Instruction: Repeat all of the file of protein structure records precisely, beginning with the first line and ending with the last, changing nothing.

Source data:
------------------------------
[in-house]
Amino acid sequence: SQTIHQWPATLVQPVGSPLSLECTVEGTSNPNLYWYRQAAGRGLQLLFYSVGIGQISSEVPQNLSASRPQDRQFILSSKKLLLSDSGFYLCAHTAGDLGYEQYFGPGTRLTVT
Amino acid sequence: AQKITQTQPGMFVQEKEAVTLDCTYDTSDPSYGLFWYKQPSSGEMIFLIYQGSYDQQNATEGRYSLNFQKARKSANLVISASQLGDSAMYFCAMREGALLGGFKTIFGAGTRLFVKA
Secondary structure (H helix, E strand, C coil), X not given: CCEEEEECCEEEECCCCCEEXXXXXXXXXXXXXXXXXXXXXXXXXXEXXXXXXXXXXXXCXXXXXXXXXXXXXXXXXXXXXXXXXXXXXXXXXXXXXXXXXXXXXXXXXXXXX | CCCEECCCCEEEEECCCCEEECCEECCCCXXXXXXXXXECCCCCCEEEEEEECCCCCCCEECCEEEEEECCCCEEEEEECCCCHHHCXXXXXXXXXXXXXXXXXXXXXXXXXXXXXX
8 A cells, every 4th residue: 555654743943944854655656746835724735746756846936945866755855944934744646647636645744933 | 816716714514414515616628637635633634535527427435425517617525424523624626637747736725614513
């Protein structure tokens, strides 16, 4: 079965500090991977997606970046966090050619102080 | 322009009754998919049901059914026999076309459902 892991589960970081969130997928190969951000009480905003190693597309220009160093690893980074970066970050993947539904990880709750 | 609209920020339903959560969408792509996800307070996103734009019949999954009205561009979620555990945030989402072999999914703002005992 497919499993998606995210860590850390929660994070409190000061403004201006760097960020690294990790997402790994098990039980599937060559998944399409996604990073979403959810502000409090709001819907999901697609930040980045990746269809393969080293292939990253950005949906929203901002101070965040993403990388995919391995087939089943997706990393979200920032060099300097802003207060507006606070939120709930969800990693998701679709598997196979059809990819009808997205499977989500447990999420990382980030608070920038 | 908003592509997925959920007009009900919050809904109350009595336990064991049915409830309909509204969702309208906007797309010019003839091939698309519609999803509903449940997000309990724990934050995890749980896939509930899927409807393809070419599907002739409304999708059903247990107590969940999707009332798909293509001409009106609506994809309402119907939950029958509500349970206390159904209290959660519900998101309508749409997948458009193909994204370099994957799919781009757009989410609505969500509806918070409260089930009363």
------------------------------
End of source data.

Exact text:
[in-house]
Amino acid sequence: SQTIHQWPATLVQPVGSPLSLECTVEGTSNPNLYWYRQAAGRGLQLLFYSVGIGQISSEVPQNLSASRPQDRQFILSSKKLLLSDSGFYLCAHTAGDLGYEQYFGPGTRLTVT
Amino acid sequence: AQKITQTQPGMFVQEKEAVTLDCTYDTSDPSYGLFWYKQPSSGEMIFLIYQGSYDQQNATEGRYSLNFQKARKSANLVISASQLGDSAMYFCAMREGALLGGFKTIFGAGTRLFVKA
Secondary structure (H helix, E strand, C coil), X not given: CCEEEEECCEEEECCCCCEEXXXXXXXXXXXXXXXXXXXXXXXXXXEXXXXXXXXXXXXCXXXXXXXXXXXXXXXXXXXXXXXXXXXXXXXXXXXXXXXXXXXXXXXXXXXXX | CCCEECCCCEEEEECCCCEEECCEECCCCXXXXXXXXXECCCCCCEEEEEEECCCCCCCEECCEEEEEECCCCEEEEEECCCCHHHCXXXXXXXXXXXXXXXXXXXXXXXXXXXXXX
8 A cells, every 4th residue: 555654743943944854655656746835724735746756846936945866755855944934744646647636645744933 | 816716714514414515616628637635633634535527427435425517617525424523624626637747736725614513
């Protein structure tokens, strides 16, 4: 079965500090991977997606970046966090050619102080 | 322009009754998919049901059914026999076309459902 892991589960970081969130997928190969951000009480905003190693597309220009160093690893980074970066970050993947539904990880709750 | 609209920020339903959560969408792509996800307070996103734009019949999954009205561009979620555990945030989402072999999914703002005992 497919499993998606995210860590850390929660994070409190000061403004201006760097960020690294990790997402790994098990039980599937060559998944399409996604990073979403959810502000409090709001819907999901697609930040980045990746269809393969080293292939990253950005949906929203901002101070965040993403990388995919391995087939089943997706990393979200920032060099300097802003207060507006606070939120709930969800990693998701679709598997196979059809990819009808997205499977989500447990999420990382980030608070920038 | 908003592509997925959920007009009900919050809904109350009595336990064991049915409830309909509204969702309208906007797309010019003839091939698309519609999803509903449940997000309990724990934050995890749980896939509930899927409807393809070419599907002739409304999708059903247990107590969940999707009332798909293509001409009106609506994809309402119907939950029958509500349970206390159904209290959660519900998101309508749409997948458009193909994204370099994957799919781009757009989410609505969500509806918070409260089930009363």